The practice of egg freezing appears to be growing, with a recent California study giving insight into which women are preserving their fertility and why.
Egg freezing has been used for over a decade successfully. The outcomes of in vitro fertilization (IVF) after egg freezing are almost the same as from fresh eggs. Although egg freezing can be used for medical reasons, such as before cancer treatment or other serious medical conditions, we’ll focus on the use of social or elective fertility preservation.
Dr. E.A. Greenwood and colleagues from the University of California, San Francisco reported in October 2017 at The American Society for Reproduction Medicine on 180 women who underwent elective egg freezing over the past four years at ages 25-44. Seventy-eight percent of the women are single. What is surprising is that so many of them are married. Some of the surveyed women plan to put childbearing off past the age of 45.
It is not surprising that over 70 percent of these women have completed a graduate or professional degree and report household incomes of over $100,000 per year. Obviously, these are high-achiever women who are using egg freezing. They all cited work-life balance obstacles as a significant impediment to finding the right partner. It is notable that some of these patients are doing egg freezing as late as age 44. The odds of success in patients in the over 40 group would be relatively limited.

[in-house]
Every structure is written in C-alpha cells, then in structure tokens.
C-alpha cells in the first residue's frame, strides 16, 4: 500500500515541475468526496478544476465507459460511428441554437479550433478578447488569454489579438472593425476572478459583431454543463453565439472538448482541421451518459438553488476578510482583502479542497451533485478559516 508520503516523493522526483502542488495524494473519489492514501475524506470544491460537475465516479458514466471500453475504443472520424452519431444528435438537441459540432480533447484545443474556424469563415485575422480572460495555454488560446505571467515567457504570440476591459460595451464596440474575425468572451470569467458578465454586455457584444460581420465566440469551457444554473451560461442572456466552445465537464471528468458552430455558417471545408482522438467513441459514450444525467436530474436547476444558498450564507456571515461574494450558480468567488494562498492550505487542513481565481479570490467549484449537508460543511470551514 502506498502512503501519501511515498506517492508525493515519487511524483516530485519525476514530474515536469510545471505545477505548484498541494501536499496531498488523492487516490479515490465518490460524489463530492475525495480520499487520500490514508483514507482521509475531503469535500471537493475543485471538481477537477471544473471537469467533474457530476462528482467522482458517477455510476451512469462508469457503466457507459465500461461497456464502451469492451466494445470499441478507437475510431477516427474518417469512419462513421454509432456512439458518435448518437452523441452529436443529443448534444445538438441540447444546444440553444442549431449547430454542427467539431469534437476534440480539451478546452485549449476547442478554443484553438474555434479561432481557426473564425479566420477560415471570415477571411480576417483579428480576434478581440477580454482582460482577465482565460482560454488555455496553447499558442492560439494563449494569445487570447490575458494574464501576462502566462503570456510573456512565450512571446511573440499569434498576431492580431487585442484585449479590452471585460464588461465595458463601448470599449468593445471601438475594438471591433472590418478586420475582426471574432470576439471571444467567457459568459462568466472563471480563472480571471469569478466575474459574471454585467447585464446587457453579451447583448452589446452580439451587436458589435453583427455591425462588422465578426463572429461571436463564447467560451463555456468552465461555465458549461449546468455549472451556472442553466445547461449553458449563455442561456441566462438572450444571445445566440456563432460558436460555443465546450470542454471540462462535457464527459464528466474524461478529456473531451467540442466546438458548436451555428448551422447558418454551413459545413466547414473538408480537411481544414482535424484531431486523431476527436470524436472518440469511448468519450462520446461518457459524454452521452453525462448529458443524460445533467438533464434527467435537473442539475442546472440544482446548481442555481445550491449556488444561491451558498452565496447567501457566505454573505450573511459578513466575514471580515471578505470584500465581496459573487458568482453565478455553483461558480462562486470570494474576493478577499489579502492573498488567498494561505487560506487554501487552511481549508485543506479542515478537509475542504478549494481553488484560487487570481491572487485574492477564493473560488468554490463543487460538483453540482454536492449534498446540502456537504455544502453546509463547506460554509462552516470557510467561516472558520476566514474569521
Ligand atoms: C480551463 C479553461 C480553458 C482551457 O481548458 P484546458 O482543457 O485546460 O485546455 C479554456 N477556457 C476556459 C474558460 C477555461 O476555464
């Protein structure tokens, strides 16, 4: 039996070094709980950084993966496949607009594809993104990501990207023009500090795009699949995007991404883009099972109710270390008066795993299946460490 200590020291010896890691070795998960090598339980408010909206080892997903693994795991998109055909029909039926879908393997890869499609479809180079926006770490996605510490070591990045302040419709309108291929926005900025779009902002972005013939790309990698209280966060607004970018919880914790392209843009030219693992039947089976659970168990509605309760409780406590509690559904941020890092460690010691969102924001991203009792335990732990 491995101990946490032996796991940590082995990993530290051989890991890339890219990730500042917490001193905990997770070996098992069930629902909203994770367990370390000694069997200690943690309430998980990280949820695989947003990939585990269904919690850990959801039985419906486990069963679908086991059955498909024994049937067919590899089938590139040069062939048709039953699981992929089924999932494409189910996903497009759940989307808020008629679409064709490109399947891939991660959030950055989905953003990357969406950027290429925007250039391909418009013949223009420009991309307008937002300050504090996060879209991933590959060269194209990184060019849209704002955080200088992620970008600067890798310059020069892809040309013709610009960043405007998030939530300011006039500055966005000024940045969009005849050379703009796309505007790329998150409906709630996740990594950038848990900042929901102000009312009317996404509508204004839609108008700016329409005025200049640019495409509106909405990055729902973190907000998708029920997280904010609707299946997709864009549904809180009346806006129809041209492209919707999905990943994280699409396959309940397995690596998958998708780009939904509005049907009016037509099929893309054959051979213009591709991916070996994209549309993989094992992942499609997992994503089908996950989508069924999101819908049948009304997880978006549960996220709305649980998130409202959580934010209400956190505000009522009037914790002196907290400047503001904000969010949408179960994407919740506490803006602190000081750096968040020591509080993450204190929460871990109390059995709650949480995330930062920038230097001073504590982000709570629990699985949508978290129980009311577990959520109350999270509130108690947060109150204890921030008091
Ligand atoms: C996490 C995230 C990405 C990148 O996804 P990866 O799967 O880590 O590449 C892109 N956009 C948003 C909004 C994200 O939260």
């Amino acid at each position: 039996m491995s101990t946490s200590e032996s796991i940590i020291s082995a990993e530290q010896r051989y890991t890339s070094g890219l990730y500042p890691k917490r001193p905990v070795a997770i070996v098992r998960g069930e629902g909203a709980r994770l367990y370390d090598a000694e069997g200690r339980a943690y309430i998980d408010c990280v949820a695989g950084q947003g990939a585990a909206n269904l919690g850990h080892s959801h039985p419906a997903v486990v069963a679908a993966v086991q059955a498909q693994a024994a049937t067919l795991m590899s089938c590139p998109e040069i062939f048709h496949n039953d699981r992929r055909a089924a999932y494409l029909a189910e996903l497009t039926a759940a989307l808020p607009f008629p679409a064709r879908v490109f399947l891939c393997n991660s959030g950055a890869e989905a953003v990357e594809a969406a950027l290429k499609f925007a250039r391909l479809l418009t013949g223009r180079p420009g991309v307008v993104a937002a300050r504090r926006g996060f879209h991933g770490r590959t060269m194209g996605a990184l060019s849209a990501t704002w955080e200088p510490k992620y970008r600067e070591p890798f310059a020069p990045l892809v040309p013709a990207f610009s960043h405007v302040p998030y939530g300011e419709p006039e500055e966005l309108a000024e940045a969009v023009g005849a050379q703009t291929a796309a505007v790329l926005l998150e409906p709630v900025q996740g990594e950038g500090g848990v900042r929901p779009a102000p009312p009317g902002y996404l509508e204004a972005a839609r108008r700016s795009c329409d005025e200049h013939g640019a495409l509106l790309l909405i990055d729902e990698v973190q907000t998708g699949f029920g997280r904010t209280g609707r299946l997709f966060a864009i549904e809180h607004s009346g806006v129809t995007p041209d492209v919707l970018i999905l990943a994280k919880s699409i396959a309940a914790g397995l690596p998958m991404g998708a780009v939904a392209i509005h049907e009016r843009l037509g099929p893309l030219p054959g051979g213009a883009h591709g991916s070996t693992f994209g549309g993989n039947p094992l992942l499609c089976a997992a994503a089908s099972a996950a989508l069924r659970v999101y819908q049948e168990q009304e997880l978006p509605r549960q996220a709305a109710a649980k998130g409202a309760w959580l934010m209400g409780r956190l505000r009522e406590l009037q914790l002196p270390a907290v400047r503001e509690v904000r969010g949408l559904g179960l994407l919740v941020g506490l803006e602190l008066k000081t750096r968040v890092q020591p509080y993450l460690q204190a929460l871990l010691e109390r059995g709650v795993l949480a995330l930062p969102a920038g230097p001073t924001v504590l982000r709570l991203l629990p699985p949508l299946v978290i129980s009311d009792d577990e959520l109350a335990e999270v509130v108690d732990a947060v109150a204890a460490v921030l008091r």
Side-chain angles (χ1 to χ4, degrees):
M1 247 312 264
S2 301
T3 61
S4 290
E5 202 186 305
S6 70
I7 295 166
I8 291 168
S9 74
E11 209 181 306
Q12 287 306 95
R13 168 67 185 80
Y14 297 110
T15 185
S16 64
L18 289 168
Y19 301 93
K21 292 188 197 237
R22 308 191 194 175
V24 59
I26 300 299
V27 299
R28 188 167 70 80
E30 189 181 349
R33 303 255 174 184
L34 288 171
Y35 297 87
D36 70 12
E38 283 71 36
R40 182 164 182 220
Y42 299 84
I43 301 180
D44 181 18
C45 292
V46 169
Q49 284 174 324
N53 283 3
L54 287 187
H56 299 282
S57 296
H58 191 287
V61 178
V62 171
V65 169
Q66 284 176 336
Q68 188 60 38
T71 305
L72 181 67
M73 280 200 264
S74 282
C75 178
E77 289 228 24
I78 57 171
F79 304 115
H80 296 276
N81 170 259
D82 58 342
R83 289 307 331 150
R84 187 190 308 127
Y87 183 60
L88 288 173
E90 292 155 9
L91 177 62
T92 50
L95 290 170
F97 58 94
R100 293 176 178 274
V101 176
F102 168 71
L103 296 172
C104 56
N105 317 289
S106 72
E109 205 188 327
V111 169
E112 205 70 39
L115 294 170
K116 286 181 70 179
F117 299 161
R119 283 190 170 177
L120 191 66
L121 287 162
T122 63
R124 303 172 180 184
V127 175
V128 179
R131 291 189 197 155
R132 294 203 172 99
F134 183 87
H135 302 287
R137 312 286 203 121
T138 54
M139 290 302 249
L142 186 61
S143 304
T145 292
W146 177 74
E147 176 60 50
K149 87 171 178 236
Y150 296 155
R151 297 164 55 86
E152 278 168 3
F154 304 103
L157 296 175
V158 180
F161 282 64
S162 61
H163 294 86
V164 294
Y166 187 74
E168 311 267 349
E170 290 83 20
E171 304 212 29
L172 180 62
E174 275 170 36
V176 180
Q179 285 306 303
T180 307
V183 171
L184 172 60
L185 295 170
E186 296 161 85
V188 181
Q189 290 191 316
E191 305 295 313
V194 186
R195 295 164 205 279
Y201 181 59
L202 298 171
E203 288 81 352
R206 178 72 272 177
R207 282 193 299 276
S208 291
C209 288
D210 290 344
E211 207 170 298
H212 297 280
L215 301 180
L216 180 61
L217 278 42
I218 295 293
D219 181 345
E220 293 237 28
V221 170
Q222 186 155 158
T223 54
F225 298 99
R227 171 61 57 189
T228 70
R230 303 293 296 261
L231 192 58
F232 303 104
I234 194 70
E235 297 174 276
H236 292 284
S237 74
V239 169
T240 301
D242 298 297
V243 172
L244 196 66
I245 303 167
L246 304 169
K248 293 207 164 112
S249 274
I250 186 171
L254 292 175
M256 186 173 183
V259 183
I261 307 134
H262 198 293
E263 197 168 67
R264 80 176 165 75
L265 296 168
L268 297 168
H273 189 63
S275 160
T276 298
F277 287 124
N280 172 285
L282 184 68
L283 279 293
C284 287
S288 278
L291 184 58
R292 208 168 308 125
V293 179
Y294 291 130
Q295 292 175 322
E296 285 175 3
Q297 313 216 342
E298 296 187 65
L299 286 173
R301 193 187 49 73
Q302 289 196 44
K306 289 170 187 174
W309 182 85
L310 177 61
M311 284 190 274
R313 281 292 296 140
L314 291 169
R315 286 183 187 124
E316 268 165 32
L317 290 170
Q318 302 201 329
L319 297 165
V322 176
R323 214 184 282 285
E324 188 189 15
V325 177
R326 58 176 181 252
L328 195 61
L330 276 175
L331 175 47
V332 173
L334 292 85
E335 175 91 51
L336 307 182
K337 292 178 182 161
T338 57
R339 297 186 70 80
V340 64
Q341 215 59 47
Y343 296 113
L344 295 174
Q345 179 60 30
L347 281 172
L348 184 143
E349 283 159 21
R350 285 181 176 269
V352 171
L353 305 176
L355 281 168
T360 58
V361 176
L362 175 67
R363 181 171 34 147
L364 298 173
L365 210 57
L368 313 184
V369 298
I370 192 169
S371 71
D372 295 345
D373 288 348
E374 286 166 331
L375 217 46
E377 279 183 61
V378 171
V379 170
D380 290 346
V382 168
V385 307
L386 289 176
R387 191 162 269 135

Twenty-four percent of the group received funds from progressive technology companies in California to enable them to pursue this treatment.
Practically all of the patients felt egg freezing enabled them to worry less about dating and to have more control over their reproductive future.
The time period since the study started is relatively short. Over the course of the study, 22 women of the group apparently met their knight in shining armor and decided to have a baby. Fifteen percent of these women conceived naturally and only five of them used their frozen eggs.
In 2017, Rhode Island became the first state to pass a law explicitly requiring coverage of fertility preservation. This is limited, as one might expect, to fertility preservation prior to treatments that could directly or indirectly cause fertility such as chemotherapy for cancer.
This would appear to be appropriate for other states that have mandated infertility coverage to consider. Unfortunately, it is not the norm in this country yet. Additionally, Rhode Island did not choose to mandate elective egg freezing.
Our opinion on parameters for egg freezing
It is our opinion that social egg freezing before age 32 is not necessary. Fertility does not measurably decline until around that time, unless certain tests or family/personal medical history indicate otherwise that there is a threat to future fertility.